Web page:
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Brett Emison
Brett Emison
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Bacteria Infection Blamed In Death

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Could it be that the very thing we counted on to keep us sterile is the thing that passed on a deadly infection? This strange event is blamed for the death of 2-year-old boy in Houston.

The family was baffled by their son’s death after a successful surgery to remove a benign cyst from near his brain and spinal cord. Recovery was going well and he was due to be released when he was suddenly hit with a severe infection. The infection resulted in multiple-organ failure and, ultimately, the boy’s death on December 1, 2010.

Cultures revealed the culprit—bacterial meningitis caused by the bacteria Bacillus Cereus. And this was the mystery. This bacteria shows up in rare food poisoning cases, not hospital stays. How did this bacteria get introduced to their son? “They had no explanation as to how he contracted it,” said the boy’s mother according to a MSNBC report. “They know it’s rare in the hospital.”

The mystery may have remained unsolved. But a relative ran across an obscure FDA recall. The recall was for alcohol wipes, the kind used repeatedly in hospitals and sick rooms across the country to keep patients safe from infection.

“These wipes were used in his care every single day, multiple times a day,” said the boy’s father.

The hospital confirmed that the wipes used to care for Harrison were a part of the recall: All lots of alcohol prep wipes, perhaps tens of millions of swabs and pads manufactured by the Triad Group, a Wisconsin medical product supplier, were being recalled. Triad issued the recall after hearing of one non-life threatening case of a skin infection caused by the rare virus, but admitted in their recall:

Use of contaminated Alcohol Prep Pads, Alcohol Swabs or Alcohol Swabsticks could lead to life-threatening infections, especially in at risk populations, including immune suppressed and surgical patients.

According to second report, Donovan Joseph Postich, a 55-year-old ironworker from Madisonville, Tenn., has also claimed to have been infected by the same wipes. His infection with Bacillus Cereus resulted in open-heart surgery. “That was the most scared I’ve been in my life,” said Postich. He is now permanently disabled after the surgery. “They told me about the tainted pads and you just kind of put two and two together.”

Triad’s recall covers all lots of its alcohol prep pads, wipes and swabs, totaling perhaps hundreds of millions of products sold in the U.S., Canada and Europe. Alcohol Prep Pads, Alcohol Swabs and Alcohol Swabsticks are used to disinfect prior to an injection. They were also distributed nationwide to retail pharmacies and are packaged in individual packets and sold in retail pharmacies in a box of 100 packets. The recall states: The affected Alcohol Prep Pads, Alcohol Swabs and Alcohol Swabsticks can be identified by either “Triad Group,” listed as the manufacturer, or the products are manufactured for a third party and use the names listed below in their packaging: Cardinal Health, PSS Select, VersaPro, Boca/ Ultilet, Moore Medical, Walgreens, CVS, or Conzellin.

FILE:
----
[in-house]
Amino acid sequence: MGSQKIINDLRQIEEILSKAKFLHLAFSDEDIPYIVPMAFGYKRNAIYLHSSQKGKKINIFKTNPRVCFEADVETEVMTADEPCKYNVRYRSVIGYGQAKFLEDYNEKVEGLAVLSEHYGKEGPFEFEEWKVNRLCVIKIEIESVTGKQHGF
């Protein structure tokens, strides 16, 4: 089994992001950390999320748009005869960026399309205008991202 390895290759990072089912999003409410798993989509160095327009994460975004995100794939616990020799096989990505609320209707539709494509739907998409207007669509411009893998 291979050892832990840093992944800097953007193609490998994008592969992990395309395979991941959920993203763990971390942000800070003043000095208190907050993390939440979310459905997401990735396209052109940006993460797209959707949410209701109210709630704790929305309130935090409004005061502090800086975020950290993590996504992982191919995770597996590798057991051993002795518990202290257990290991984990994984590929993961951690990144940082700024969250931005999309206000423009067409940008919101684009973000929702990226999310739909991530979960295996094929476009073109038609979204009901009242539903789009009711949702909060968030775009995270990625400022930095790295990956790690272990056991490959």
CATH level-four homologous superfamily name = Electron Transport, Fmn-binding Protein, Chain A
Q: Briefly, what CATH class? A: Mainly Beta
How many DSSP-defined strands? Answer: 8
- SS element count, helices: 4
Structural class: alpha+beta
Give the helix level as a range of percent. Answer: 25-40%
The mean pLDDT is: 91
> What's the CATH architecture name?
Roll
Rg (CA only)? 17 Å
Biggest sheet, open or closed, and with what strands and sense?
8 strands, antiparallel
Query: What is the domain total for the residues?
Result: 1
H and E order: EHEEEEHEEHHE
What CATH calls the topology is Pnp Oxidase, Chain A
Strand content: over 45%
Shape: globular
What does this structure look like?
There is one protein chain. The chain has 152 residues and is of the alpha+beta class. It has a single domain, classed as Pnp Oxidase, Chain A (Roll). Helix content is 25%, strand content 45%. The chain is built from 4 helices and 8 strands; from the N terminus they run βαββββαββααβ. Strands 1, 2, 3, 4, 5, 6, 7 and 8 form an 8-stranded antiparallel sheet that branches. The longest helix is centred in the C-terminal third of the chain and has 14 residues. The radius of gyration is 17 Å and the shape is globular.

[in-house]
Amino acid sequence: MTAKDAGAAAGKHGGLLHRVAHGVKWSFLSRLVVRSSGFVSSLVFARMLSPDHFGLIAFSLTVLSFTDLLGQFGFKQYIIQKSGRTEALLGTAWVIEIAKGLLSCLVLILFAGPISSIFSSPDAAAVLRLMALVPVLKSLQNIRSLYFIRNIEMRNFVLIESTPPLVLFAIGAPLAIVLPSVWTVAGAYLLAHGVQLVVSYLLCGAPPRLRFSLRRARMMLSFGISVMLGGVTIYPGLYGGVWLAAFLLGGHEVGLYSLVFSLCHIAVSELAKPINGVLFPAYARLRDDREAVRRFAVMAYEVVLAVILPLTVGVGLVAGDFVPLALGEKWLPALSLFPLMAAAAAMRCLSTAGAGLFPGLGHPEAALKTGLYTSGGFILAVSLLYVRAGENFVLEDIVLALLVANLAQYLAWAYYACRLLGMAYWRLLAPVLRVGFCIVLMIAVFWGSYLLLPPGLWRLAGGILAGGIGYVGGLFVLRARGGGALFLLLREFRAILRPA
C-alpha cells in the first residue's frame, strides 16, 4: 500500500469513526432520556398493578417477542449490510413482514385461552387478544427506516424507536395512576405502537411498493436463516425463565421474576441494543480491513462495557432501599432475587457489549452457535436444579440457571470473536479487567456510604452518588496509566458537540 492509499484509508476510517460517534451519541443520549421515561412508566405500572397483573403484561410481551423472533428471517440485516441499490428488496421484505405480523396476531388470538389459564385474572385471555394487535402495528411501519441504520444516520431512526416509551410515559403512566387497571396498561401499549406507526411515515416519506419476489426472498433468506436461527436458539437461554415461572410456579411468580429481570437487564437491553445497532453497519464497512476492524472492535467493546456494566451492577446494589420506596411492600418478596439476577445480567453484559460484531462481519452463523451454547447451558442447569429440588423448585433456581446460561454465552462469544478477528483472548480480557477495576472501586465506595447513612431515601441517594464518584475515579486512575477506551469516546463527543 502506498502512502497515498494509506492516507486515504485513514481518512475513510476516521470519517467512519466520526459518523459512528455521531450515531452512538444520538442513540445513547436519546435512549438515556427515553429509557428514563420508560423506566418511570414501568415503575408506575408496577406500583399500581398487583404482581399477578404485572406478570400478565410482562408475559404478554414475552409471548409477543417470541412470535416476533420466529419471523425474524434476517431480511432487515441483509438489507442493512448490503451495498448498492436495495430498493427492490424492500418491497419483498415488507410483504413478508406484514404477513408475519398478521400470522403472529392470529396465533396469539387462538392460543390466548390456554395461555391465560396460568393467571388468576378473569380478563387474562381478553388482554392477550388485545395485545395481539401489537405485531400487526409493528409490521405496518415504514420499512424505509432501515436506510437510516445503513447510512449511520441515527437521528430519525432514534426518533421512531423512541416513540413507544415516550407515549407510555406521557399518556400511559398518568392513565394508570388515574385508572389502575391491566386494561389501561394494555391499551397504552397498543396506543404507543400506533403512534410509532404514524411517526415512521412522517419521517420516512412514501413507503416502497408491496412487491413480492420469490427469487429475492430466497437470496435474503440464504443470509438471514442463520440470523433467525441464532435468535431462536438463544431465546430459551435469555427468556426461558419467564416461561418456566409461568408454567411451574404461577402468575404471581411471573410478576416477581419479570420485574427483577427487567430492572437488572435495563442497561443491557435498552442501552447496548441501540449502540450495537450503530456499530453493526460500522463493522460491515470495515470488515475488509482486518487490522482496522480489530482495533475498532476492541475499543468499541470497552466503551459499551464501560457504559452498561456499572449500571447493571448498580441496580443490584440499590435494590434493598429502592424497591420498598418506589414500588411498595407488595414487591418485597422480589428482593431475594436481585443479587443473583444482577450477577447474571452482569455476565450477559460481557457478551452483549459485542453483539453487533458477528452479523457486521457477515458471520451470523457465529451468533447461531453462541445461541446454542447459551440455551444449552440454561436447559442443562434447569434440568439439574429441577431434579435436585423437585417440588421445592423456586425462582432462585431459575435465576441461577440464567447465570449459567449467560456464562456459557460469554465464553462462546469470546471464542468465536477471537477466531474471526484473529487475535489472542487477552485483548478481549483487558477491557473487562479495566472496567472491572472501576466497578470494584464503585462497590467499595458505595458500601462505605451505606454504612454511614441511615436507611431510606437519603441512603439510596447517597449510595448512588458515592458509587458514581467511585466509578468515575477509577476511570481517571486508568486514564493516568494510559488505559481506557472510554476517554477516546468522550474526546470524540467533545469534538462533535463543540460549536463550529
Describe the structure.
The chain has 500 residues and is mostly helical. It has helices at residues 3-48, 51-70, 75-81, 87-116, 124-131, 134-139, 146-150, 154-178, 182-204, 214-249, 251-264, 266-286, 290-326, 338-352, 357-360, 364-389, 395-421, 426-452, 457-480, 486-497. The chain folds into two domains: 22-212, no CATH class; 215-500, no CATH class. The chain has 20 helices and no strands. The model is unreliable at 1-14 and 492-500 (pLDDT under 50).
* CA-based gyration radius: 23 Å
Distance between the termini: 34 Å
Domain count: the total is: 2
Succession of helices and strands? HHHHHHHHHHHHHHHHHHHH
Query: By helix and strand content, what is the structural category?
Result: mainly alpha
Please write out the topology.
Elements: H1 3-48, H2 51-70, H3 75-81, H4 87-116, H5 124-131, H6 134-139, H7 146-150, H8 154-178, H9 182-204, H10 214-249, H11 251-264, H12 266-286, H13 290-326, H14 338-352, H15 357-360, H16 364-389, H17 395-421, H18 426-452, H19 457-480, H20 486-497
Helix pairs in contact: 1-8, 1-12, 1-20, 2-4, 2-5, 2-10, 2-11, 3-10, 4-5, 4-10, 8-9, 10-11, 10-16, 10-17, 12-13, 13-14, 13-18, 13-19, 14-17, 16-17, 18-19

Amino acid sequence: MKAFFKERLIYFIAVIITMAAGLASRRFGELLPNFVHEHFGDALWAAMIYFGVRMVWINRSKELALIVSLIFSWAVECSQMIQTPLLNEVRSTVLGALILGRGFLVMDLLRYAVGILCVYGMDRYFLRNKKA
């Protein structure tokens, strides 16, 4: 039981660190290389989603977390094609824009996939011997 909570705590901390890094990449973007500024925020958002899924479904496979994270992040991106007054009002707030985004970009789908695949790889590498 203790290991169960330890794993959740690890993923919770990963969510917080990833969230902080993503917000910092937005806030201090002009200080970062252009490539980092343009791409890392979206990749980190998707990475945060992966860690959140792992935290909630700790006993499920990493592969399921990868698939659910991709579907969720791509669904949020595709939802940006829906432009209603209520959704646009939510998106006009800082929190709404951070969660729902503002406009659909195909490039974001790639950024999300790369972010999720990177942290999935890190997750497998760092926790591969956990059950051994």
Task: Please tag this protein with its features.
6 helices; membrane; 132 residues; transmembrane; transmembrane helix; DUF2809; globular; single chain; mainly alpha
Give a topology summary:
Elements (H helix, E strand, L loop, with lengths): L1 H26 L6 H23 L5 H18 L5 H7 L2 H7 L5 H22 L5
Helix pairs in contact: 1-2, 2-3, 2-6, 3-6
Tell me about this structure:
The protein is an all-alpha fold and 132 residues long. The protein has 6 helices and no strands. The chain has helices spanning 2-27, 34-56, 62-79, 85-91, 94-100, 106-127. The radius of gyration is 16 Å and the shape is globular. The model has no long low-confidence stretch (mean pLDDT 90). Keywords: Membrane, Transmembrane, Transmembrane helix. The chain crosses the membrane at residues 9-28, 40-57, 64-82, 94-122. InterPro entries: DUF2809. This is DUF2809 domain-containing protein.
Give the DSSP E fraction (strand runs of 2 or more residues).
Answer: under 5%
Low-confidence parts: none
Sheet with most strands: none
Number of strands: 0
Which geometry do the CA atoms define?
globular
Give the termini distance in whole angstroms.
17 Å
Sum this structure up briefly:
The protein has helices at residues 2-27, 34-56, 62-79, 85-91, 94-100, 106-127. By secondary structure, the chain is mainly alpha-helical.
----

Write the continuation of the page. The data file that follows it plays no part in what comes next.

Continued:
H&P Industries, which does business as the Triad Group, is among the largest providers in the U.S. of generic medical products often sold under private labels of grocery stores such as Safeway and Kroger and drugstores such as CVS and Walgreens.

According to the MSNBC report, “documents show that FDA officials expressed concerns following visits to the Triad plant from July 15 to July 17, 2009, and again from April 19 to May 18, 2010. Inspectors reported that the company could not validate the processes used to ensure quality or sterility not only of alcohol prep pads and wipes, but also other products used for intimate care. Those include hemorrhoid creams, infant and adult glycerin suppositories and sterile lubricating jelly widely used in homes, as well as in clinics and hospitals for medical exams.”

The MSNBC report goes into extensive detail about FDA problems with Triad’s sterilization processes. However, a lack of follow up allowed potentially dangerous products to still reach the consumers and patients most at risk.

For at least one family, the failures of Triad and the FDA may have been deadly.

(c) Copyright 2011 Brett A. Emison